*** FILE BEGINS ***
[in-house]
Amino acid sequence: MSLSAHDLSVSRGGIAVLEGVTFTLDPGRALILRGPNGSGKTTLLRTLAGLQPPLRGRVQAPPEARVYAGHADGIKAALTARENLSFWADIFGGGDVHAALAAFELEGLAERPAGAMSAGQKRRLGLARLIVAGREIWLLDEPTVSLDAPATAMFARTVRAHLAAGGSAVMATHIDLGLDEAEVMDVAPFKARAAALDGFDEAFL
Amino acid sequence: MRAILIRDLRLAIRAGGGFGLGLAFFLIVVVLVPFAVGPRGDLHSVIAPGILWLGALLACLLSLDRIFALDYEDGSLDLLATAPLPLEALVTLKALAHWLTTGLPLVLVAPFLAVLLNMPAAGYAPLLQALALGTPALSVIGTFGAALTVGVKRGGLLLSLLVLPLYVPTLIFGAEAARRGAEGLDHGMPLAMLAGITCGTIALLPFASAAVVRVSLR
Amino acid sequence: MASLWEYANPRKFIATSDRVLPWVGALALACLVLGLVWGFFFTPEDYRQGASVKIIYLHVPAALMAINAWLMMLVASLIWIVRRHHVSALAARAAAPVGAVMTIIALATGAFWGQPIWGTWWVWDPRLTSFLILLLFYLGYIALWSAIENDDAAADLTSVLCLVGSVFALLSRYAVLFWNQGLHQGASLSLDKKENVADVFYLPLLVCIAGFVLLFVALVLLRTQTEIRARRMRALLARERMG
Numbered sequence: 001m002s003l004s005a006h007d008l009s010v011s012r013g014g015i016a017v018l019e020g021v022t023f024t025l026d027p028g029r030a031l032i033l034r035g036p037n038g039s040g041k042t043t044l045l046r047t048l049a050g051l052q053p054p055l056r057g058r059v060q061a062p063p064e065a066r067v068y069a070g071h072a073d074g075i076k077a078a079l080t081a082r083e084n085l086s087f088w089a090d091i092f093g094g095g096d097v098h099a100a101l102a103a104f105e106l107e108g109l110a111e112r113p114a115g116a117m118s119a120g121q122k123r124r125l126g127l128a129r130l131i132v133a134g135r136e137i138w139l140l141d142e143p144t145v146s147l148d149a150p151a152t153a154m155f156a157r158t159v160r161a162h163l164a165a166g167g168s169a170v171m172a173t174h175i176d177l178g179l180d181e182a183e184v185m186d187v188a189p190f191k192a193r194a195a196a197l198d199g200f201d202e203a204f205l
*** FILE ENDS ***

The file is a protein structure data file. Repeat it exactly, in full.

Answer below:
[in-house]
Amino acid sequence: MSLSAHDLSVSRGGIAVLEGVTFTLDPGRALILRGPNGSGKTTLLRTLAGLQPPLRGRVQAPPEARVYAGHADGIKAALTARENLSFWADIFGGGDVHAALAAFELEGLAERPAGAMSAGQKRRLGLARLIVAGREIWLLDEPTVSLDAPATAMFARTVRAHLAAGGSAVMATHIDLGLDEAEVMDVAPFKARAAALDGFDEAFL
Amino acid sequence: MRAILIRDLRLAIRAGGGFGLGLAFFLIVVVLVPFAVGPRGDLHSVIAPGILWLGALLACLLSLDRIFALDYEDGSLDLLATAPLPLEALVTLKALAHWLTTGLPLVLVAPFLAVLLNMPAAGYAPLLQALALGTPALSVIGTFGAALTVGVKRGGLLLSLLVLPLYVPTLIFGAEAARRGAEGLDHGMPLAMLAGITCGTIALLPFASAAVVRVSLR
Amino acid sequence: MASLWEYANPRKFIATSDRVLPWVGALALACLVLGLVWGFFFTPEDYRQGASVKIIYLHVPAALMAINAWLMMLVASLIWIVRRHHVSALAARAAAPVGAVMTIIALATGAFWGQPIWGTWWVWDPRLTSFLILLLFYLGYIALWSAIENDDAAADLTSVLCLVGSVFALLSRYAVLFWNQGLHQGASLSLDKKENVADVFYLPLLVCIAGFVLLFVALVLLRTQTEIRARRMRALLARERMG
Numbered sequence: 001m002s003l004s005a006h007d008l009s010v011s012r013g014g015i016a017v018l019e020g021v022t023f024t025l026d027p028g029r030a031l032i033l034r035g036p037n038g039s040g041k042t043t044l045l046r047t048l049a050g051l052q053p054p055l056r057g058r059v060q061a062p063p064e065a066r067v068y069a070g071h072a073d074g075i076k077a078a079l080t081a082r083e084n085l086s087f088w089a090d091i092f093g094g095g096d097v098h099a100a101l102a103a104f105e106l107e108g109l110a111e112r113p114a115g116a117m118s119a120g121q122k123r124r125l126g127l128a129r130l131i132v133a134g135r136e137i138w139l140l141d142e143p144t145v146s147l148d149a150p151a152t153a154m155f156a157r158t159v160r161a162h163l164a165a166g167g168s169a170v171m172a173t174h175i176d177l178g179l180d181e182a183e184v185m186d187v188a189p190f191k192a193r194a195a196a197l198d199g200f201d202e203a204f205l